In multiple places Dean Gonzales makes reference to oral prophecy in the early New Testament church as “canonical.”  If this is so, I cannot see how to avoid the conclusion that not only the Holy Scripture, but also every genuine prophecy ever uttered would constitute the Canon.  The Confession, at least, would seem to limit canonicity to those prophecies that the Holy Spirit saw fit to inscripturate.

Similarly, the Bible warrants application of the term inspiration to the Scriptures, the written product of the Holy Spirit’s work.  Whether we are justified in using “inspired” for other manifestations of the Spirit (1 Cor. 12:7) is not readily obvious, to me at least, and his doing so tends to give Dr. Gonzales’ argument a certain circularity, assuming facts not in evidence.

Again, to the Confession, the Bible is the only “infallible” rule.  Contrary to the dean’s assertion or assumption and (perhaps) even Dr. Grudem’s understanding, even Old Testament oral prophecy was not “infallible” in the way that the Scriptures are.

If OT era prophecy were infallible, how could there be false prophecies?  I find it odd that verses such as Deut. 18:22 are often cited to suggest that OT era oral prophecy was inerrant or infallible, when it demonstrates precisely the opposite:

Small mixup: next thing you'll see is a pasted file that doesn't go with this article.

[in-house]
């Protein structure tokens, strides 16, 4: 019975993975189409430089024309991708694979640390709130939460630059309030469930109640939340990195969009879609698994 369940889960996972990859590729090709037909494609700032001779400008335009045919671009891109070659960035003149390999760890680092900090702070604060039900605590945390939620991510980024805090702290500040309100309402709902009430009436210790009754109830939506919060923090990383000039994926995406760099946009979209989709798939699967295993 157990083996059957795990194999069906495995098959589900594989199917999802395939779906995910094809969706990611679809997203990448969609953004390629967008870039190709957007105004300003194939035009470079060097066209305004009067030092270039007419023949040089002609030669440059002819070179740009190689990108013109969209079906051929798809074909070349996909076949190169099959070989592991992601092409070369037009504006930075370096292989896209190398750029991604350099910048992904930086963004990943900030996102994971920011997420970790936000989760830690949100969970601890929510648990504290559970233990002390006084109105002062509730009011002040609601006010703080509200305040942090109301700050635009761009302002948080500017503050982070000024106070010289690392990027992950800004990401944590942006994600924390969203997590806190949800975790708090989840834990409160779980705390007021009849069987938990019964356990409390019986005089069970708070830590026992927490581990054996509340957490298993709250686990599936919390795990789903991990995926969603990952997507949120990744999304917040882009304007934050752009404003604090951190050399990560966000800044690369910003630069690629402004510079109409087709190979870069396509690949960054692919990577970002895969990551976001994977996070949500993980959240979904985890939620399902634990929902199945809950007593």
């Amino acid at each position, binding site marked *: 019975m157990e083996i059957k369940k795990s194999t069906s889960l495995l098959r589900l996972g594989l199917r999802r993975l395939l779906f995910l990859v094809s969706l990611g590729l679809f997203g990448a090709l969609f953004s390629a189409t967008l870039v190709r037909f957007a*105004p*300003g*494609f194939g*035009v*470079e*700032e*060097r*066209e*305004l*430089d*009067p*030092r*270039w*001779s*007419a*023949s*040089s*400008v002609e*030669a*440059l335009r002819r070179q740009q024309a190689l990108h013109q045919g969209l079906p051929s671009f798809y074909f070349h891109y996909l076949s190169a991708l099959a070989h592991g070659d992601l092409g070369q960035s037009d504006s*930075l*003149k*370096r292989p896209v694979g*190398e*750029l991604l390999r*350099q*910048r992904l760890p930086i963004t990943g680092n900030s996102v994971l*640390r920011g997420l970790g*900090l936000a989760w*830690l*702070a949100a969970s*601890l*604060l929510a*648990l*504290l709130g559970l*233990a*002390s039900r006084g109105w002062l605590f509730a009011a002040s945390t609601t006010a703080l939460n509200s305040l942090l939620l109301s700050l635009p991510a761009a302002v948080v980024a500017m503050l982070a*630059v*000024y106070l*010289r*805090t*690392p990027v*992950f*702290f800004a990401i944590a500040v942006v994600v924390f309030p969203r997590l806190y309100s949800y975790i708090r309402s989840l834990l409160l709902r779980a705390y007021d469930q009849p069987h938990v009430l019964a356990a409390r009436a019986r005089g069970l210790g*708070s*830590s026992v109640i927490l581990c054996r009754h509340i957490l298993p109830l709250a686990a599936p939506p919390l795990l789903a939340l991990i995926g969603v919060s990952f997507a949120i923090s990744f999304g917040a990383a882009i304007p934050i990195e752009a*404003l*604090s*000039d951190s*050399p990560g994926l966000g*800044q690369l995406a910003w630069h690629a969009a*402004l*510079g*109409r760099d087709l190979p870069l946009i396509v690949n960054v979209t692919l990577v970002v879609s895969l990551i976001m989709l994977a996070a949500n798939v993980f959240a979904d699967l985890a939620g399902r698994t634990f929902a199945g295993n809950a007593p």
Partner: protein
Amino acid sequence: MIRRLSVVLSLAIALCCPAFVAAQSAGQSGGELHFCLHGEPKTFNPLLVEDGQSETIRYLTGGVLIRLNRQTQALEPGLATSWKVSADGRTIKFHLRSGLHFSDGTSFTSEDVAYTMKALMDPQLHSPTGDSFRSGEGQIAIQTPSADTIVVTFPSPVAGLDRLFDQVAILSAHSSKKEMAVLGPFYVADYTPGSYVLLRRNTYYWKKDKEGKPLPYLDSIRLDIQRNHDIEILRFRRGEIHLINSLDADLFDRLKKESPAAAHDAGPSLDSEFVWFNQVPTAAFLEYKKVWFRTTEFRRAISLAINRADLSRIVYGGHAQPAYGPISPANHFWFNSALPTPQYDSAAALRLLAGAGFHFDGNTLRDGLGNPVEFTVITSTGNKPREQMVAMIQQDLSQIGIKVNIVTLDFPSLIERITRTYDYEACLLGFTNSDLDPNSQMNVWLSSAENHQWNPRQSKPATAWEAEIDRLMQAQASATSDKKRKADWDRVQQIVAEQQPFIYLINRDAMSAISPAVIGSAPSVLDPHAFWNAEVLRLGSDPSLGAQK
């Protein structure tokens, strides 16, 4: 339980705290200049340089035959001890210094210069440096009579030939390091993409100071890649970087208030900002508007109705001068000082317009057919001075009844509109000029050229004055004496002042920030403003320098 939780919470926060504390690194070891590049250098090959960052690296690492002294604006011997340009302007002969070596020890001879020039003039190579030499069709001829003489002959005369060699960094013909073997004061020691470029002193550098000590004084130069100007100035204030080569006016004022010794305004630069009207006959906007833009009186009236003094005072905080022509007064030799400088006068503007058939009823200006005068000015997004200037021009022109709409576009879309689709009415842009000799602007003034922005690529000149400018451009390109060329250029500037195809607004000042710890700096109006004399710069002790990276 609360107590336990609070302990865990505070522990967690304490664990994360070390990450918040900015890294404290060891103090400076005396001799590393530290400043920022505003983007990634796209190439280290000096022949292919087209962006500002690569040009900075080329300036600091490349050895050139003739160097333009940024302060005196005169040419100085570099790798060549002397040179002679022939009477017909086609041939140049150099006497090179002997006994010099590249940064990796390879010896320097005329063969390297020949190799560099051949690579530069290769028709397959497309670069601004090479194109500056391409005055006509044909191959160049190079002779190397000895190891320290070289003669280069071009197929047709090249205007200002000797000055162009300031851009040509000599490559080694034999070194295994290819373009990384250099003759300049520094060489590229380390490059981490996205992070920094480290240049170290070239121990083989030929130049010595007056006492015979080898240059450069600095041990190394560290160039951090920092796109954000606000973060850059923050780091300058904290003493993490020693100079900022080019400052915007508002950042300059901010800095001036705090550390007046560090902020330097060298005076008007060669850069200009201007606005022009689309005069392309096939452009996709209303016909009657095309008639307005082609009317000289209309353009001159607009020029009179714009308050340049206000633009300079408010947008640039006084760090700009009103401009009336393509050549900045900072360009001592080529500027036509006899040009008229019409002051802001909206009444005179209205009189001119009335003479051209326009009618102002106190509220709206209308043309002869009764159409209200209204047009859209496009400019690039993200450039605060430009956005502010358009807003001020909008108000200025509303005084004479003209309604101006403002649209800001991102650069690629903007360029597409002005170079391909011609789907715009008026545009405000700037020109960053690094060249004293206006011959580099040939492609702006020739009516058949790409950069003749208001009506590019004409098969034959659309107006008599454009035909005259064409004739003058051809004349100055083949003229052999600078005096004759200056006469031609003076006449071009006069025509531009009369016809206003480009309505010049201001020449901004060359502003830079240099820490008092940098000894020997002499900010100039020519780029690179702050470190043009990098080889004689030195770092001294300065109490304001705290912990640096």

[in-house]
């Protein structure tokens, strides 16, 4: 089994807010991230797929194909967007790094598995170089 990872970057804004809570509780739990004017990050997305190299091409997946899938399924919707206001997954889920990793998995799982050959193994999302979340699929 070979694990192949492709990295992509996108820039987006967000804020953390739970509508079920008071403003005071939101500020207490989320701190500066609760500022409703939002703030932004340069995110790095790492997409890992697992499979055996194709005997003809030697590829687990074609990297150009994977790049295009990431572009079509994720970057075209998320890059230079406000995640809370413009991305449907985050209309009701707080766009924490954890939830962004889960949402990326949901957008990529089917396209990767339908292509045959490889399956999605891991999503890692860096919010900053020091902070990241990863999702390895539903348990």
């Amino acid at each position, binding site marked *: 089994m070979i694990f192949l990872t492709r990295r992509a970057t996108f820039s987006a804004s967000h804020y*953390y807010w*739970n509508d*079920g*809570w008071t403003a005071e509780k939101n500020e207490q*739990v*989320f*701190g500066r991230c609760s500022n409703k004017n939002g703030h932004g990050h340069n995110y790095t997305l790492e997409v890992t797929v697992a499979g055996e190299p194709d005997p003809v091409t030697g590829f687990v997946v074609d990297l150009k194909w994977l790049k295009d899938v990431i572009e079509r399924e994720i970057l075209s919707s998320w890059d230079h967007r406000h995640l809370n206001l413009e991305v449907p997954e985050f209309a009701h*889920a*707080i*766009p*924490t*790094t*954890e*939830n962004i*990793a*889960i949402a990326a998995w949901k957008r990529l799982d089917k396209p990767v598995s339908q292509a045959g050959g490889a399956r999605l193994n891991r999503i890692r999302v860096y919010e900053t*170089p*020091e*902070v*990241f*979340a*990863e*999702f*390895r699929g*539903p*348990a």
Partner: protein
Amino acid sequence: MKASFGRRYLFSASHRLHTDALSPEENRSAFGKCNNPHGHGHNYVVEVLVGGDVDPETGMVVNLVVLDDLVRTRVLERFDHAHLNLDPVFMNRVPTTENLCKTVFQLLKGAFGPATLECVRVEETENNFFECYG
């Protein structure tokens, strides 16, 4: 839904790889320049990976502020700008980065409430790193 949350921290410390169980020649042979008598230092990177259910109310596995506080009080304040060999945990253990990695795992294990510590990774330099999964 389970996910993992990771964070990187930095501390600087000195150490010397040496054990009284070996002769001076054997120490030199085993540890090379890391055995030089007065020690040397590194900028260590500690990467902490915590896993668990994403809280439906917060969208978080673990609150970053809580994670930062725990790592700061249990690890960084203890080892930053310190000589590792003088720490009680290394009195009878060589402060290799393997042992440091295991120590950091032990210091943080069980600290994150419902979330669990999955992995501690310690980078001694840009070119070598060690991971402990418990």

“When a prophet speaks in the name of the Lord, if the word does not come to pass or come true, that is a word that the Lord has not spoken; the prophet has spoken it presumptuously. You need not be afraid of him.”

We are never similarly warned to watch out for “false Scriptures.”  In both the OT and the NT era, “the spirits of prophets are subject to prophets” (1 Cor. 14:32).  The Word of the Lord came to the prophet (Gen. 15:1, 1 Sam. 15:10, 2 Sam. 7:4).  In this last reference, Nathan received the Word of the Lord precisely because Nathan the prophet had spoken presumptuously to David earlier in the day (2 Sam. 7:3).  There is no great intertestamental shift involved that would allow for similarly presumptuous utterances in the NT era, such as the instructions to Paul not to go to Jerusalem, which he sees fit to ignore (Acts 21:4).

The OT prophet was responsible to report the Word of the Lord accurately, though he could fail to do so.  The Scriptures, on the other hand, by being theopneustos are guaranteedcertified to be the Word of the Lord.  They are thus of a quality above and beyond that of oral prophecy, in any era.  This is why Peter specifies “no prophecy of Scripture comes from someone’s own interpretation” (2 Pet 1:20, emphasis mine).  The distinction of two levels of prophecy: “Scripture-quality” and otherwise, does not originate with Dr. Grudem, but is apostolic.